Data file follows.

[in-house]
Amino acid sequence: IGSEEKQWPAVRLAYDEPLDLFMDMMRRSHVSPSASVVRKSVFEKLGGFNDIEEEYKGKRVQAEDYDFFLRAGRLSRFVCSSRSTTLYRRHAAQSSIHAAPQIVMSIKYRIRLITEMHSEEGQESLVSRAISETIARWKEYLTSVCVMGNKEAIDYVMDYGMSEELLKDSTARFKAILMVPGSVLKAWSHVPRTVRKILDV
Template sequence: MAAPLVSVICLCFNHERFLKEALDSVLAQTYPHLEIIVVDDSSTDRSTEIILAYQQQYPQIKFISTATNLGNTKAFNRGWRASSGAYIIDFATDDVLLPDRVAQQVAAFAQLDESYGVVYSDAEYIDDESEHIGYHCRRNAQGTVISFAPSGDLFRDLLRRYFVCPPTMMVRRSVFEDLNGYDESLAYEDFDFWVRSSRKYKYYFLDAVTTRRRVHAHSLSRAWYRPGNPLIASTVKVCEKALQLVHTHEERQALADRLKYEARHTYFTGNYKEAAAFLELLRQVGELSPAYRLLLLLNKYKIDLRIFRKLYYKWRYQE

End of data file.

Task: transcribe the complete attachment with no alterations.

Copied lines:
[in-house]
Amino acid sequence: IGSEEKQWPAVRLAYDEPLDLFMDMMRRSHVSPSASVVRKSVFEKLGGFNDIEEEYKGKRVQAEDYDFFLRAGRLSRFVCSSRSTTLYRRHAAQSSIHAAPQIVMSIKYRIRLITEMHSEEGQESLVSRAISETIARWKEYLTSVCVMGNKEAIDYVMDYGMSEELLKDSTARFKAILMVPGSVLKAWSHVPRTVRKILDV
Template sequence: MAAPLVSVICLCFNHERFLKEALDSVLAQTYPHLEIIVVDDSSTDRSTEIILAYQQQYPQIKFISTATNLGNTKAFNRGWRASSGAYIIDFATDDVLLPDRVAQQVAAFAQLDESYGVVYSDAEYIDDESEHIGYHCRRNAQGTVISFAPSGDLFRDLLRRYFVCPPTMMVRRSVFEDLNGYDESLAYEDFDFWVRSSRKYKYYFLDAVTTRRRVHAHSLSRAWYRPGNPLIASTVKVCEKALQLVHTHEERQALADRLKYEARHTYFTGNYKEAAAFLELLRQVGELSPAYRLLLLLNKYKIDLRIFRKLYYKWRYQE